So Nick jokes a little with Sam and the other old gents and lets Ramona take care of the meltdowns and bladder control disasters. He’s prepared for disasters, though, having now gone through two intensive wild land fire fighting training sessions in Salida, Colorado. He can run up dry hills with water hoses and buckets.  He can put out fires with fires.  He knows how to cover himself with the fire resistant blanket and let a wall of flame roar over him.

He’s ready for the seasonal job, only four months of the year, the rest in some job like this.

But so far, Nick is still waiting, stuck on the list of the people to be called if any county or state economy decides to hire anyone to do anything.  Everywhere is so broke, Nick supposes they might just let the hills and forests burn and burn and burn.

Because he thought it would be a good way to keep in shape and stay outdoors, Nick asked his father’s friend Max for a landscaping job. But Max wanted to pay him as much as he paid the men he picked up on 4th street in Berkeley, the guys from Guatemala and Oaxaca and Sonora, the guys who would do anything for anything. Nick knows he is really in the same boat, though maybe he sits in the captain’s chair and wears a fancier hat.  But he couldn’t haul dirt all day up and down backyards and dig trenches and tree holes for eight dollars an hour.

That failure led to Mrs. Ryan, this wild adventure tour job he now has paying twelve fifty an hour plus lunch.

“I’m going to get some of that delicious salsa,” Montserrat whispers to him from the seat just behind his.  “Hide it in my room.”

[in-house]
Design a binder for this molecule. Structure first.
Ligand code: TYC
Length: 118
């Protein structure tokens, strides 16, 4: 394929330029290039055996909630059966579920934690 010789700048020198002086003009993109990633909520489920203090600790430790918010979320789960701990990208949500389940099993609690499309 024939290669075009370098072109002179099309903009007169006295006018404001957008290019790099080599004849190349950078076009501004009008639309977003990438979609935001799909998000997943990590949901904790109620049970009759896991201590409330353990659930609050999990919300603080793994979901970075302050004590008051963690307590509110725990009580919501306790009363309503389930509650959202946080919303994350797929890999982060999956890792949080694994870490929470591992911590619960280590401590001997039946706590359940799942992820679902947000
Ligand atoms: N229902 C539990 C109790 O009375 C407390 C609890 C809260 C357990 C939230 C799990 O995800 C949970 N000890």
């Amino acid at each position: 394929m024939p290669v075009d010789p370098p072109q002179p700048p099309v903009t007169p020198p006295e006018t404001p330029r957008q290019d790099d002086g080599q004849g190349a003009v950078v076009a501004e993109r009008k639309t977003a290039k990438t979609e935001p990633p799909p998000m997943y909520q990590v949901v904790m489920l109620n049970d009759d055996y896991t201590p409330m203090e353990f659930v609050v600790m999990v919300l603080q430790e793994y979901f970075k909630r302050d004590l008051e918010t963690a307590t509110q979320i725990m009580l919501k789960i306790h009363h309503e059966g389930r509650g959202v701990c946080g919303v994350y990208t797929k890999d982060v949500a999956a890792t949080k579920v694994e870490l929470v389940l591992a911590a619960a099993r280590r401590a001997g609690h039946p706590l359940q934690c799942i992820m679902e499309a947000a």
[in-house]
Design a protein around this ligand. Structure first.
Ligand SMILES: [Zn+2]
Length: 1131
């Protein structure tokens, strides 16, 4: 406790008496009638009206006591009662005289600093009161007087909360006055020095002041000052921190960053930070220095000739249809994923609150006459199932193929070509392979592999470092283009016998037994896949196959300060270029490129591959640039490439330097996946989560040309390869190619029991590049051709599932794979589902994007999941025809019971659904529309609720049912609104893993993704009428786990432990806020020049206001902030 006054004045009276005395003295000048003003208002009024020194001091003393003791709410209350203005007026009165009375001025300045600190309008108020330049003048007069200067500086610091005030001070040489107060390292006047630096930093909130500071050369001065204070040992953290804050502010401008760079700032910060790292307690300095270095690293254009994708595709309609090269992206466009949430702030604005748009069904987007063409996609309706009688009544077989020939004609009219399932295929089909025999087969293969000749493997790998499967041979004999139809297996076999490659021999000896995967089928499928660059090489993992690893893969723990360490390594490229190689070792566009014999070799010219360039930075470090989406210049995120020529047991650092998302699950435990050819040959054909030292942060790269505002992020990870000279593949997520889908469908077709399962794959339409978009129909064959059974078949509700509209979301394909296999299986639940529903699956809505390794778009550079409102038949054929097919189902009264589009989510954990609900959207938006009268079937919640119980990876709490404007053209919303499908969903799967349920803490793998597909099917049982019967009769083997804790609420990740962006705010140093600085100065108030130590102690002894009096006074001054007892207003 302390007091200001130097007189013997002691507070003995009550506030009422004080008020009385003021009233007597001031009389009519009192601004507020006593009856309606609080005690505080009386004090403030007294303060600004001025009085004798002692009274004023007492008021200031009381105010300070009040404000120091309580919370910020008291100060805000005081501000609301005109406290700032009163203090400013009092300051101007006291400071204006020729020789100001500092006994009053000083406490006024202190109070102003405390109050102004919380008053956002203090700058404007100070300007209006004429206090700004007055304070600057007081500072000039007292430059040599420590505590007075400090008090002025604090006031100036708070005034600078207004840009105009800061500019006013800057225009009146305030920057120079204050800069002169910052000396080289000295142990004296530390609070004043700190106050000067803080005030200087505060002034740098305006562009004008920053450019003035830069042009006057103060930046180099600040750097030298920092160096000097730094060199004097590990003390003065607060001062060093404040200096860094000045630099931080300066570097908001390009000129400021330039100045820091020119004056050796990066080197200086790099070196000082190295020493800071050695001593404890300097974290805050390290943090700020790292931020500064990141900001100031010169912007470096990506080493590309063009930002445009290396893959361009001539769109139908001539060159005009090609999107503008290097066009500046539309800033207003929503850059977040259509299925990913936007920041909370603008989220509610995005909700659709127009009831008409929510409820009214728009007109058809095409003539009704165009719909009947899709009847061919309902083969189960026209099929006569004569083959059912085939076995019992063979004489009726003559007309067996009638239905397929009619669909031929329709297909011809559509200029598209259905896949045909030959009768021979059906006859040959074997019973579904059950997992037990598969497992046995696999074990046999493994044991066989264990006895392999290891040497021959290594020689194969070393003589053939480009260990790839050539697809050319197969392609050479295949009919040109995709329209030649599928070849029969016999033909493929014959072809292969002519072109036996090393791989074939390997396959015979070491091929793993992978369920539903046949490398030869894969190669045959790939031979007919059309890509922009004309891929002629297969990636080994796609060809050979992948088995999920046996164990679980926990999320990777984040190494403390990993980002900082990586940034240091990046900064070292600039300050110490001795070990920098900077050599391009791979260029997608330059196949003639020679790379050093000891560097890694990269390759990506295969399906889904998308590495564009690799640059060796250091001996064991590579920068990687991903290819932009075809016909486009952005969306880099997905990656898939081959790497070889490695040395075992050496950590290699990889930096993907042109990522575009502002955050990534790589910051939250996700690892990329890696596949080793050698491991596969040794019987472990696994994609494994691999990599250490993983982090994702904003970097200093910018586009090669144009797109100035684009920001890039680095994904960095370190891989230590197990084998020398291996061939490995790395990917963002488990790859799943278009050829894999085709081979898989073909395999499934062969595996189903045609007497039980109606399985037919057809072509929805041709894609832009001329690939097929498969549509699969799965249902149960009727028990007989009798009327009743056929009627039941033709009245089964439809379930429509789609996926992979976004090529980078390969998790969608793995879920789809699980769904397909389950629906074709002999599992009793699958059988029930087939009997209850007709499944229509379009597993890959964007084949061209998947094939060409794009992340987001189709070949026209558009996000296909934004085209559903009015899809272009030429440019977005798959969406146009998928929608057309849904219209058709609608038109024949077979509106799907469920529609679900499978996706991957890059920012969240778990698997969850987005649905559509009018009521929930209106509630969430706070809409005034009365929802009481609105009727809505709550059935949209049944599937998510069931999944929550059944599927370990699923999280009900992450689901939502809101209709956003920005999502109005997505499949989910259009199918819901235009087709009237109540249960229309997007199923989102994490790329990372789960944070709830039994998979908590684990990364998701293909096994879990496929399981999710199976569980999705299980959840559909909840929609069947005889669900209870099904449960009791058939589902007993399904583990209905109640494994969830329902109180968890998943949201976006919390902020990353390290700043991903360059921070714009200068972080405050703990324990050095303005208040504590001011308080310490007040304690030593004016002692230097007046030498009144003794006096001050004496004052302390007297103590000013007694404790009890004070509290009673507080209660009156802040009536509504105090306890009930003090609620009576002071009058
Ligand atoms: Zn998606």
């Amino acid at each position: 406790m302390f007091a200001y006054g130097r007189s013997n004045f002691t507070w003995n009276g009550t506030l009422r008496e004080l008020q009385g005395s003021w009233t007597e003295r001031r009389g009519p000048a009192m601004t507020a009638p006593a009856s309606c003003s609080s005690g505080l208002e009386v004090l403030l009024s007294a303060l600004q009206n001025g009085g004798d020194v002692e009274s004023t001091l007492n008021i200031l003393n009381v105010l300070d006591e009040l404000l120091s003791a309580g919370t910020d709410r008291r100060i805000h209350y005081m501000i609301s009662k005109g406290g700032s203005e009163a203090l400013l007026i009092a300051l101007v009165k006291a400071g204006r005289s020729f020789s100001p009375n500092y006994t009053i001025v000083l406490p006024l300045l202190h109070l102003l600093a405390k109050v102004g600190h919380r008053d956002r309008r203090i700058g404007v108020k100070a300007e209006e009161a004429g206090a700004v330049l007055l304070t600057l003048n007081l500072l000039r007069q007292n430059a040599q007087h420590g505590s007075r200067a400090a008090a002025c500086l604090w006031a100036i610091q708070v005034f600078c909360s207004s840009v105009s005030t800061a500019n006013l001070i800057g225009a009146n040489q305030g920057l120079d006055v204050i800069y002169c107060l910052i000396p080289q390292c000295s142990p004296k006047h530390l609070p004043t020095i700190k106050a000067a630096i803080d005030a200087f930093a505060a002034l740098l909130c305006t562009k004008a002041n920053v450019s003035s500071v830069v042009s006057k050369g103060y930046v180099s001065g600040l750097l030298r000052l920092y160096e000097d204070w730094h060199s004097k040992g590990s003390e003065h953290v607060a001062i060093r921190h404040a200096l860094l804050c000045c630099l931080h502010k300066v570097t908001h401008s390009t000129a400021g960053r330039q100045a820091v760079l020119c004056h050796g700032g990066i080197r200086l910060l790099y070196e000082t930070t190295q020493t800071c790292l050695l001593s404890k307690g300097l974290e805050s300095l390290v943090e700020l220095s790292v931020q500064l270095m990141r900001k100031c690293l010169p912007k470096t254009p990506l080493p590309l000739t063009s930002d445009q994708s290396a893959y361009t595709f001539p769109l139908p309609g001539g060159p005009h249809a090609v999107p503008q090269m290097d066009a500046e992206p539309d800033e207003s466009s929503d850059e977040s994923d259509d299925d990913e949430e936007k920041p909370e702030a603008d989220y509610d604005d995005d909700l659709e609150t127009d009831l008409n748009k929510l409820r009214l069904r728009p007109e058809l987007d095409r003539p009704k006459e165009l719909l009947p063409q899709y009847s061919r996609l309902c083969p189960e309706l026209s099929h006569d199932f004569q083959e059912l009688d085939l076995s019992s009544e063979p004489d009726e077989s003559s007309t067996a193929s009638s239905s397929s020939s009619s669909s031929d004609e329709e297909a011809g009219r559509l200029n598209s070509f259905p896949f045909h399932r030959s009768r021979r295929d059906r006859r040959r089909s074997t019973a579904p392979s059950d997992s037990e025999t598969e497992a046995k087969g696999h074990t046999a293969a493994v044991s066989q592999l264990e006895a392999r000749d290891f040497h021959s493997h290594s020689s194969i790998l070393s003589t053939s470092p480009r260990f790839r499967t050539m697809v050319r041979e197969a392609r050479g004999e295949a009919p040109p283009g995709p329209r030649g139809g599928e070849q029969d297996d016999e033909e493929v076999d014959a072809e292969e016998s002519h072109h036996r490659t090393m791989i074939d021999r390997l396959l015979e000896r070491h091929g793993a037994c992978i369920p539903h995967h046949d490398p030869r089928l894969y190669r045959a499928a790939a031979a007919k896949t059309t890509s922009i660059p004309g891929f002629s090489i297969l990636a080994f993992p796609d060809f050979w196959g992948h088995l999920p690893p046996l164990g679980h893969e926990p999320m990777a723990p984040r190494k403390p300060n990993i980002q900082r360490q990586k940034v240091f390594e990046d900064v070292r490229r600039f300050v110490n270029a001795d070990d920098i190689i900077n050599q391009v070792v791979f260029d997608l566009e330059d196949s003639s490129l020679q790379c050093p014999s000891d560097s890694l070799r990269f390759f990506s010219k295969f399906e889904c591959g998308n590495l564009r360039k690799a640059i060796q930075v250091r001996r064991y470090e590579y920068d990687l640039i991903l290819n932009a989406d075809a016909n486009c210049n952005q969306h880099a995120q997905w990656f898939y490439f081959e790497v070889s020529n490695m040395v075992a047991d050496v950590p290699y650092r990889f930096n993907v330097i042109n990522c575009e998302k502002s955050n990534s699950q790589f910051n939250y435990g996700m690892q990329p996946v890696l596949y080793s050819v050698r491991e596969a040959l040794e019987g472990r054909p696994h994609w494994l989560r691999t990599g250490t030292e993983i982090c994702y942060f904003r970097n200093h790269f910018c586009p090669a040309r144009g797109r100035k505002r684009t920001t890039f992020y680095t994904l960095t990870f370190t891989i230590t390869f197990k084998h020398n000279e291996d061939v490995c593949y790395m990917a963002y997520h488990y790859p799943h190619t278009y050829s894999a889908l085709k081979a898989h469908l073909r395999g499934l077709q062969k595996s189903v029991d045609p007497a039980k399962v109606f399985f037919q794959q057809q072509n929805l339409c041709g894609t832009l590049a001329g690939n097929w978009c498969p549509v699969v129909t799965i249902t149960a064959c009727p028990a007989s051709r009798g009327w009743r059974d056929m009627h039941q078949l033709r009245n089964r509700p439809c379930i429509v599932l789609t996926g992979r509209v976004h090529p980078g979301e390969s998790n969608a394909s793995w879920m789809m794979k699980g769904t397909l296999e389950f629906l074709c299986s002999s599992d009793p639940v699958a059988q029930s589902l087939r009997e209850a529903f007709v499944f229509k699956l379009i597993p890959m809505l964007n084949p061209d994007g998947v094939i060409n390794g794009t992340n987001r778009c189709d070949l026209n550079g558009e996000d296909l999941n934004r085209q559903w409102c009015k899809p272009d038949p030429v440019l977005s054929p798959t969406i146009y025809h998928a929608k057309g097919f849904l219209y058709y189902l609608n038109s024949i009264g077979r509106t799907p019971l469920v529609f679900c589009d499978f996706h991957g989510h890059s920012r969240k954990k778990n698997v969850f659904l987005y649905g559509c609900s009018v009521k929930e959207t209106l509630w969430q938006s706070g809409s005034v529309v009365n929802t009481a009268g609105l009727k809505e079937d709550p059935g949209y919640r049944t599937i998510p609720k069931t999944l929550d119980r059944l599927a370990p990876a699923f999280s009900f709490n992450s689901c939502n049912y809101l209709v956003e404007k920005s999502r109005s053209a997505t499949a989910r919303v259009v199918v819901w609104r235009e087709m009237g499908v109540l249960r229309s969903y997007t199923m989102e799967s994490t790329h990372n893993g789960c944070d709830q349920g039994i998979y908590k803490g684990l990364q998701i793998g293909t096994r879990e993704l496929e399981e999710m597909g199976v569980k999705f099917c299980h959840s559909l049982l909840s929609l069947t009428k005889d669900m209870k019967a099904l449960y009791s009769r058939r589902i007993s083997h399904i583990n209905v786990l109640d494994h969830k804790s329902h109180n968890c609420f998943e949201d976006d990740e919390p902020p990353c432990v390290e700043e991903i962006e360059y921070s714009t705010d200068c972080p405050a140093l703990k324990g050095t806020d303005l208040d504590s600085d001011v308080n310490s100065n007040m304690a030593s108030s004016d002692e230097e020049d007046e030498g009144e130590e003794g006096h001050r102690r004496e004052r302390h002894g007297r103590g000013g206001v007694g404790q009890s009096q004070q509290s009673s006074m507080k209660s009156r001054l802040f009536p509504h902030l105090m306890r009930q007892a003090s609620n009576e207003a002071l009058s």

She sings the last part, her whisper a swell of up.

Nick looks at Montserrat in his driver’s mirror, the thick, wide expanse of glass that allows him to see all his passengers.  Montserrat must have been a beautiful woman when she was younger.  Maybe she still is, her skin wrinkled but not folded in on itself, her hair completely white but long, tucked into a neat bun, like a ballerina’s. Her eyes are dark and bright and intense, no thick glasses between her and the world.

He should tell her to not hide the salsa in her room, but he doesn’t.  The center has a communal kitchen and shared refrigerator, but most of the residents still want something for themselves. He should tell Ramona about Montserrat’s plan.  But he doesn’t do that, either.  Instead, he winks, closes the big bus doors after Simon sits down—complaining about having to sit in the front seat like a baby—and drives on to Trader Joe’s, Montserrat’s secret safe.

As Nick waits for the folks to do their shopping, he stands by the buckets of cut flowers, shifting on his feet, feeling his phone buzzing in his pocket.

“No phone or texting while on duty,” Mrs. Ryan said.  “You don’t know how sharp some of our residents are.  They can slip by you like water rats.”

Today he’s glad he can’t look at his phone, knowing that Lila is likely the one trying to get his attention, his phone jumping since he left their apartment in a deep funk, his body feeling heavy as concrete pilings.

“What does it feel like when you ‘can’t do anything’?” his psychologist asked him once. “What is it like in your body?”